Workers in Asia’s third-largest economy have little to cheer about.
Between the 2008 recession and 2016, India has seen real salary growth of a mere 0.2%, according to an analysis of post-recession wages in 51 countries.
During the same period, India’s GDP gain stood at 63.8%, according to the report.
Despite the country’s ambitious plans, India lags countries such as China and Mexico in creating high-value jobs for its 0.86 billion employable people, Hay Group, part of advisory firm Korn Ferry, said in a note dated Sept. 15.
“India has made less progress than some other countries in bringing high-value jobs to the country. This has led to poor job growth, therefore, an oversupply of un/semi-skilled people, and poor wage growth,” Benjamin Frost, global product manager-pay, Korn Ferry Hay Group, said in a release.
Indian workers also suffer from a massive disparity in wages—the highest among countries surveyed.
“Of the countries that we looked at, Indian wage growth was by far the most unequal—people at the bottom are 30% worse off in real terms since the start of the recession; whilst people at the top are 30% better off,” Frost added.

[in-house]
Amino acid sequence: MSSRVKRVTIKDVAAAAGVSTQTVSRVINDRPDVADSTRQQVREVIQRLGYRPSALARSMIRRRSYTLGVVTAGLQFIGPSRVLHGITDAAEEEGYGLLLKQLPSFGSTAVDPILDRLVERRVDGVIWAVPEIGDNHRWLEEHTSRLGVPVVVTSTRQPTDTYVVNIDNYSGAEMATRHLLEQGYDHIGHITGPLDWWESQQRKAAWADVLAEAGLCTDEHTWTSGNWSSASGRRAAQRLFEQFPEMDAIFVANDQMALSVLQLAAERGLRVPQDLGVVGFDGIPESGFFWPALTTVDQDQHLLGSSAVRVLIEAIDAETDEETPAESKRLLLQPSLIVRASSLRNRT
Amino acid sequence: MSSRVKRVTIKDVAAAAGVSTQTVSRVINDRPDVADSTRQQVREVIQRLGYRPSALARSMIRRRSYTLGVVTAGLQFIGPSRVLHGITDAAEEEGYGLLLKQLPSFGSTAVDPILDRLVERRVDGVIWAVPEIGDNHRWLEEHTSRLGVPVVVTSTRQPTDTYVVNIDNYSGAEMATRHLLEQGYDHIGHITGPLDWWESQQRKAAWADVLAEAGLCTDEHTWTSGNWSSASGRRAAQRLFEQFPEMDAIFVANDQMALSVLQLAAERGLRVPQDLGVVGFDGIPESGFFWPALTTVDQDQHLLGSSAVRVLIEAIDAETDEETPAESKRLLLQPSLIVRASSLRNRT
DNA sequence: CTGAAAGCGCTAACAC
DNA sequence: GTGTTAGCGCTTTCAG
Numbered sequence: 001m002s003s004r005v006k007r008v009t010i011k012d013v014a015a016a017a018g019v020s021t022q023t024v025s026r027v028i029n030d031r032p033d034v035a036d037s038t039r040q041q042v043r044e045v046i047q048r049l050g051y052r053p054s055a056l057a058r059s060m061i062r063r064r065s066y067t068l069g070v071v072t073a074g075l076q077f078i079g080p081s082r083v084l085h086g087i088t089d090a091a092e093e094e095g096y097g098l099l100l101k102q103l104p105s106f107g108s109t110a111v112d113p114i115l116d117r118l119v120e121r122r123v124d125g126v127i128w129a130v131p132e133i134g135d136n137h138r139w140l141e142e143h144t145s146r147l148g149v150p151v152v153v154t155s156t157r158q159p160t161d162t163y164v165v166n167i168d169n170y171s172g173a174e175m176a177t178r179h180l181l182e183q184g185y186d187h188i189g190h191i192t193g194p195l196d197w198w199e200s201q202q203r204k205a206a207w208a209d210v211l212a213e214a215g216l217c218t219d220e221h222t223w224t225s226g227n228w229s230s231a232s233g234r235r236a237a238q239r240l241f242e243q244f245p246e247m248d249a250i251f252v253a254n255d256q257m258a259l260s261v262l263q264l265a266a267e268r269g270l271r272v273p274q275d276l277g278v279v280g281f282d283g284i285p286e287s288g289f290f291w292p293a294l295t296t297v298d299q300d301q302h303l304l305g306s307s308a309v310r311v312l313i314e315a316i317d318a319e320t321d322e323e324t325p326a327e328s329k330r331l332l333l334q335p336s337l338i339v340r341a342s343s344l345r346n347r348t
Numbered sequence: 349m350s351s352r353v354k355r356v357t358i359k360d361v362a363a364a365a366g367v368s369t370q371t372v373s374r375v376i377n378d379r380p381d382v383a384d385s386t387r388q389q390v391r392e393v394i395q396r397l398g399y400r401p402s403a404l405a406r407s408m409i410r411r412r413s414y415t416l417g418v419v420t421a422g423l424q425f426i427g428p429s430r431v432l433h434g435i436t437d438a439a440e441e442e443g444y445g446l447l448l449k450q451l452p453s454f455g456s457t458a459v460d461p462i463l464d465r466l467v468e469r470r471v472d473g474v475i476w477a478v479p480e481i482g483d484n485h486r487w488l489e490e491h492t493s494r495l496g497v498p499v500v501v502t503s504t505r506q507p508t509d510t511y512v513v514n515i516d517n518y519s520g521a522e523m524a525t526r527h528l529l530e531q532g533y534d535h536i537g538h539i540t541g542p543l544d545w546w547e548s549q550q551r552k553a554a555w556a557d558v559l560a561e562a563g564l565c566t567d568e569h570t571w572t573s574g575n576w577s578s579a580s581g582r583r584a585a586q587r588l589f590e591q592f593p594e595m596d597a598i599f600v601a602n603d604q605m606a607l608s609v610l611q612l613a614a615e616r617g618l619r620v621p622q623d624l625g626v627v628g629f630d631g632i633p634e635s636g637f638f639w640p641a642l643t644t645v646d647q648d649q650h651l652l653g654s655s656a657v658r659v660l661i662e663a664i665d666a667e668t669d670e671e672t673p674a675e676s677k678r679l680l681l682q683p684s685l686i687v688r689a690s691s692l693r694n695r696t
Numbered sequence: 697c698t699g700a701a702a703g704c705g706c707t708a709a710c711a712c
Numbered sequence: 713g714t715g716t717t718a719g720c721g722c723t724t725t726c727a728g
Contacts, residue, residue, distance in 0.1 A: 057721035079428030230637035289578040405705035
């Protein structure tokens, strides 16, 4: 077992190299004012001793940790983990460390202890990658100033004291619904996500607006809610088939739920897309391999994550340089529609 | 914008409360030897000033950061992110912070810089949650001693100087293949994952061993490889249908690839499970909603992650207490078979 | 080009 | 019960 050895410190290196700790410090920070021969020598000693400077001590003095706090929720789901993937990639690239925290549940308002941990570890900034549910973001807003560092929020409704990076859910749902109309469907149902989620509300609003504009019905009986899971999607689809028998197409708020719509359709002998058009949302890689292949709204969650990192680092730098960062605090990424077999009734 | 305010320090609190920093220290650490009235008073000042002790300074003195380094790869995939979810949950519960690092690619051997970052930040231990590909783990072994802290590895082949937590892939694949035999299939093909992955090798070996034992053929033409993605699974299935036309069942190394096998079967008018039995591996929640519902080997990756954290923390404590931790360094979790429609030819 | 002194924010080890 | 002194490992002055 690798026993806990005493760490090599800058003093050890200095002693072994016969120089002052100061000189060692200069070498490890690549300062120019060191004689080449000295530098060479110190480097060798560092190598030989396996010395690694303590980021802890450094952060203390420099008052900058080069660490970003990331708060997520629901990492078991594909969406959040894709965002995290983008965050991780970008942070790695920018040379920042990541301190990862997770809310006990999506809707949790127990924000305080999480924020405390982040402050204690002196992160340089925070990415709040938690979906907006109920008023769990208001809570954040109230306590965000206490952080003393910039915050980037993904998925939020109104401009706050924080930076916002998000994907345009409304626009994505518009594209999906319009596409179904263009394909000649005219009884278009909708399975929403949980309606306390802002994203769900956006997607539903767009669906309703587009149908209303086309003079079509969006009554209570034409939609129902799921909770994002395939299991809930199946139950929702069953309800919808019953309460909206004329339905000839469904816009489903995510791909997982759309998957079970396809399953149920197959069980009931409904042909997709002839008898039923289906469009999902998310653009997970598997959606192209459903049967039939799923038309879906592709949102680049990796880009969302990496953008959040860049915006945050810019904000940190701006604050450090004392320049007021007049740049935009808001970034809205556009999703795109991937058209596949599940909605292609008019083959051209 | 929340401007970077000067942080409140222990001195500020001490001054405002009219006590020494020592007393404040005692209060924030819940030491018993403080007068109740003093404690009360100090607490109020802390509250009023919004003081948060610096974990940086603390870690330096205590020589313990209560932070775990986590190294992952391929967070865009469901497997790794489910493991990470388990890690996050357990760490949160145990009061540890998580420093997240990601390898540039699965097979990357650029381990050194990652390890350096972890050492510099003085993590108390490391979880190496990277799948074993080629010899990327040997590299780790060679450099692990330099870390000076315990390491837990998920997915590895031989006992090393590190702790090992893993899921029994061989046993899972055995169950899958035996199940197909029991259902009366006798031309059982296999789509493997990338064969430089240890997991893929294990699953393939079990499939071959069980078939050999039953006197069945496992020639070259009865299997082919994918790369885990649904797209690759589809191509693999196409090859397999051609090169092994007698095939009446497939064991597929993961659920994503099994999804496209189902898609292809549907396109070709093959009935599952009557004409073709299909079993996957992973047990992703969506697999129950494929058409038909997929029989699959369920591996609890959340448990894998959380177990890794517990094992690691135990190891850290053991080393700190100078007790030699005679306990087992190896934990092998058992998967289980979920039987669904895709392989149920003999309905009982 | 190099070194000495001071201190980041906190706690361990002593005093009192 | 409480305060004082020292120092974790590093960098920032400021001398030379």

Here’s how India stacked up against other countries in terms of salary growth. China topped the rankings while Brazil’s performance was dismal.
This doesn’t bode well for a country with the world’s second-largest population.
India’s working-age population will reach 1.1 billion by 2050 to beat China’s, according to an April report by the United Nations Development Programme.
To tackle this issue, India is intensifying its efforts. Generating more and better-paying jobs is part of prime minister Narendra Modi’s electoral promise.
Korn Ferry’s analysis comes at a time when Modi is pushing for investments in labour-intensive sectors such as manufacturing to boost employment.